Dr Ruveda Salam: The First Lady IPS Officer From Kashmir
I was growing up in Kashmir, my father often used to say that I should become an
IAS (Indian Administrative Service) officer. That's when I first thought of
becoming one. It inspired me and I decided to go ahead and aim for it.
As I have cleared the UPSC (Union Public Services Commission) exam for the
second time, I will have to go for training again depending on the cadre. I
think I will be posted as a sub-collector.
Last year, I was selected to the Indian Police Service cadre.
I went for training to Hyderabad. The training was very strenuous. Physically it
was very hard. I joined the IPS cadre in Tamil Nadu and was posted as an
Assistant Commissioner of Police in Chennai.
Before I cleared the UPSC (the first time), I got into
medical college, but even while studying medicine I used to read a lot. I took
out time and cleared the Kashmir State Administrative Service exam which is not
as tough as the IAS.
Instead of doing a post graduation in medicine, I had started reading papers
and preparing for the UPSC.
I have been working in Chennai as an ACP for the last eight months.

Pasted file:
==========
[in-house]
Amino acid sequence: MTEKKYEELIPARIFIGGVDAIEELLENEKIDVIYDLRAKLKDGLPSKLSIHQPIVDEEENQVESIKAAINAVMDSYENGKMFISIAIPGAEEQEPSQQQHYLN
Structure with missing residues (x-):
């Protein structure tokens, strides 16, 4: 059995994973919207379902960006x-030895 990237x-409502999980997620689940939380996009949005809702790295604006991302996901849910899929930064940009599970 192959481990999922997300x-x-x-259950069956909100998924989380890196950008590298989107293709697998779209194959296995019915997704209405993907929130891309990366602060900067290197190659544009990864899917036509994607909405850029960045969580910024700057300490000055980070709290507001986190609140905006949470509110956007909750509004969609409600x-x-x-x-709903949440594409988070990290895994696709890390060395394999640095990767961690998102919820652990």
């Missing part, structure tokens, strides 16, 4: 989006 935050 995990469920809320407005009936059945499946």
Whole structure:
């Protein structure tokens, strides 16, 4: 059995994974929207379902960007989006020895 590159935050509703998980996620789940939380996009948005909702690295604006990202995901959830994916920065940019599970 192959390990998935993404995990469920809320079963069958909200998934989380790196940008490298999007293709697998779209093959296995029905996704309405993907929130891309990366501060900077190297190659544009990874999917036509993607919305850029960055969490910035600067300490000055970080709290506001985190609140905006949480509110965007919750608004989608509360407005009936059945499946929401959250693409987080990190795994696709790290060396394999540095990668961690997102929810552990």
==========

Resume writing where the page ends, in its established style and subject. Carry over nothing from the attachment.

I will move out of my Chennai job only after I get my new appointment letter.
Who knows? I might land up in Tamil Nadu again (laughs).
As ACP I go for night rounds thrice a week. My day starts at 7 am when I
report to my seniors. After that we get reports from our juniors. We go for
traffic monitoring. There are regular weekly and monthly meetings.
We also receive petitions from different people. Being a lady I get more
petitions from women. Though the day starts at 7 am, I cannot tell you when it
will end. Sometimes it is at 10 pm and sometimes at midnight.
Training kept me very busy these past months. I had to pass
departmental exams too. When the G-20 Nations meet, there is also a Youth-20
summit. Five young people from each country are chosen to attend and present
papers. I was chosen and I attended the summit in Sydney last year.
I have also given motivational speeches to the youth, particularly girls. I
encourage them to appear for the IAS exams in Jammu and Kashmir.
Being a young ACP is a challenging role. It carries a lot of responsibility.
I am in a state where people respect the police. I like it here (Tamil Nadu).